As everyone knows, I really like the cooler months of the year rather than the blazing hot ones ( I don’t need to be told I’m strange – I already know that!) So I didn’t mind when it was pelting down with rain last Friday. I didn’t mind at all. I just wished I could have been at home watching the rain come down from the comfort of my own home rather than be outside in the rain, freezing in my lightweight summer clothes while carrying three times my weight in groceries!
Thankfully Mr. D. was on hand to give me a, um, hand with the shopping but even that couldn’t take away from the discomfort I felt as the rainwater slowly began to seep into my totally inappropriate ballet-style pumps. Just then an image of a steaming hot mug of chocolaty goodness with enough cream and marshmallows to concern Jamie Oliver flashed into my head.
“You know what?” I began as I turned to Mr.D. who makes carrying a multitude of grocery bags look so effortless, “this is perfect hot chocolate weather.” All I wanted to do was get home, change out of my damp clothes and into comfy pjs, and sit by the fireplace, sipping gloriously thick hot chocolate and munching on toasted goodies. OK, so I don’t have a fireplace but the radiator with a few candles around it would do! Then I realised – we didn’t have any hot chocolate. And we hadn’t thought to pick any up. But then again why would we? Summertime’s all about the Pimm’s and cider. Or perhaps I should say, it should be all about the Pimm’s and cider. But at that exact moment all I wanted was hot chocolate and I could very easily have kicked myself for not buying any, if it wasn’t for the fact that I felt as though I had a swimming pool at the end of each foot!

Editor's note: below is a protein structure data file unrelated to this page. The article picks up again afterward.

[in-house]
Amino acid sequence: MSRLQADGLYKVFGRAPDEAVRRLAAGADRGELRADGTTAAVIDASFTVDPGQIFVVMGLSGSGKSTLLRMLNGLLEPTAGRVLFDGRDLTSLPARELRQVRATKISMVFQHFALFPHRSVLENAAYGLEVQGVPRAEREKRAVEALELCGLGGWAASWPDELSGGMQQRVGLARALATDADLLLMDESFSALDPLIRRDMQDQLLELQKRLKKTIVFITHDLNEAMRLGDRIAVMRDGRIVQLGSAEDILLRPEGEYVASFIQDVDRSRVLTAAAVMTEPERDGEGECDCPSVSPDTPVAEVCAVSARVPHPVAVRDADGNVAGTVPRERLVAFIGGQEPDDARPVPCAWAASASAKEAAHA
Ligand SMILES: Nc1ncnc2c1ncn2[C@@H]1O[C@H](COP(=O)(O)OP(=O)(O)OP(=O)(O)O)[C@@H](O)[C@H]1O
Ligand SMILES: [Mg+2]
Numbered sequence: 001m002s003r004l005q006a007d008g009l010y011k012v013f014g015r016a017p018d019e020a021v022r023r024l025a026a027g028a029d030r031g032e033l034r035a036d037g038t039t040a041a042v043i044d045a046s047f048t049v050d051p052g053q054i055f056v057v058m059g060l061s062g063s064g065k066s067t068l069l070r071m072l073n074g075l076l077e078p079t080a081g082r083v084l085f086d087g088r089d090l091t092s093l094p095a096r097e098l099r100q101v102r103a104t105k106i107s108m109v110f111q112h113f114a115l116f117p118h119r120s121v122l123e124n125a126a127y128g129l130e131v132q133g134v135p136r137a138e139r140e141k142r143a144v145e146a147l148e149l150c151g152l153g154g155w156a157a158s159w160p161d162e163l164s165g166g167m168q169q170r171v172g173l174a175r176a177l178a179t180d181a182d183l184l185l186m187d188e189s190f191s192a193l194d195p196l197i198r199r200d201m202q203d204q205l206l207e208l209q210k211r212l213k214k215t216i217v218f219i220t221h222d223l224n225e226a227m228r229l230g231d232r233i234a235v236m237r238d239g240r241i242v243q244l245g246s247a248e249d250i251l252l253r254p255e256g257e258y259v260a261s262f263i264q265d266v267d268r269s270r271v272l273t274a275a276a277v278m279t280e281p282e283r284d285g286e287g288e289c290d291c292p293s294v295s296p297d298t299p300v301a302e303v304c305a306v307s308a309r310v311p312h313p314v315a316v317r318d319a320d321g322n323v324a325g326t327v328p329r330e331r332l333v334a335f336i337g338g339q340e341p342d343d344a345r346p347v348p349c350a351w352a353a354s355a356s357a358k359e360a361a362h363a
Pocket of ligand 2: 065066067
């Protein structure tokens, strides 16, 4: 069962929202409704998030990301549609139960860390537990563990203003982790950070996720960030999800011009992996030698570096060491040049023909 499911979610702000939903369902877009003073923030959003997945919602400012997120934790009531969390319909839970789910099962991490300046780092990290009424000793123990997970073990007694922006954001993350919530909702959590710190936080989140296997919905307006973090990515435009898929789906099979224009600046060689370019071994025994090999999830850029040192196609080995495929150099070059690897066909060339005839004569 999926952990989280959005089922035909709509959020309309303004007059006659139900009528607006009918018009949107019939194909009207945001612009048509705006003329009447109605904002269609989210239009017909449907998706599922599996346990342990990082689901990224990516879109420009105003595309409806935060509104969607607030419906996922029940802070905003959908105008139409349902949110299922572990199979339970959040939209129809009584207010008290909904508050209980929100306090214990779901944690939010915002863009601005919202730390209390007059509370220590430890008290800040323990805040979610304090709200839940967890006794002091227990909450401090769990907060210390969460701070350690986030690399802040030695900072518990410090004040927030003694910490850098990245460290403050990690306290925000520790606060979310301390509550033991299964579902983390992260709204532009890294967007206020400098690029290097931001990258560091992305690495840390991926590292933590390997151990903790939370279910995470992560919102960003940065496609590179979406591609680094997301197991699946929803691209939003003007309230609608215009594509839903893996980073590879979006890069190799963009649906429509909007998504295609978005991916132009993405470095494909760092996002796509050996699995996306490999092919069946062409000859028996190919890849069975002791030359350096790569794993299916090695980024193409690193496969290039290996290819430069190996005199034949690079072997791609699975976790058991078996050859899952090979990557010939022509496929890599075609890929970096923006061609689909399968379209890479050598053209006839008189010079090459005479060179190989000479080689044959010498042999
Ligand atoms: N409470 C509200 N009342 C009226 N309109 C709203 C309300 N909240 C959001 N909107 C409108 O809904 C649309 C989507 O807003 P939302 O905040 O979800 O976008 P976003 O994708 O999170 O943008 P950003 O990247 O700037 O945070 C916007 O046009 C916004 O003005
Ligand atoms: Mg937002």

It seems strange to be writing a post that’s better suited to the Autumn months than in what should be a blazing hot July, but it did get me thinking about cosy and warming suppers; the kind that’d be a real treat after a trip out in the cold, wind, rain, and possibly even snow. Or when you’re indoors, all snug and cosy while it’s chucking down buckets outside. Or perhaps you’re just in need of some good old-fashioned comfort food. There’s no special occasion for this supper; you can prepare this when you need something warm and comforting. None of the following should be served cold; everything should be either piping hot, warm or lightly toasted. You could serve all the following courses as a kind of high tea if you really wanted to go to town, especially if you are having friends over. But the main idea here is to keep it simple (who wants to do a whole lot of cooking when you’re looking for some much needed comfort food?) so I would pick one or two of the food items and serve it with a hot drink. Furthermore, unless you’re going for your own brand of comfort food, a lot of the foods listed here are deliciously stodgy and high in carbs, so I would choose carefully! Oh, and a lot of it will most probably be dripping in butter…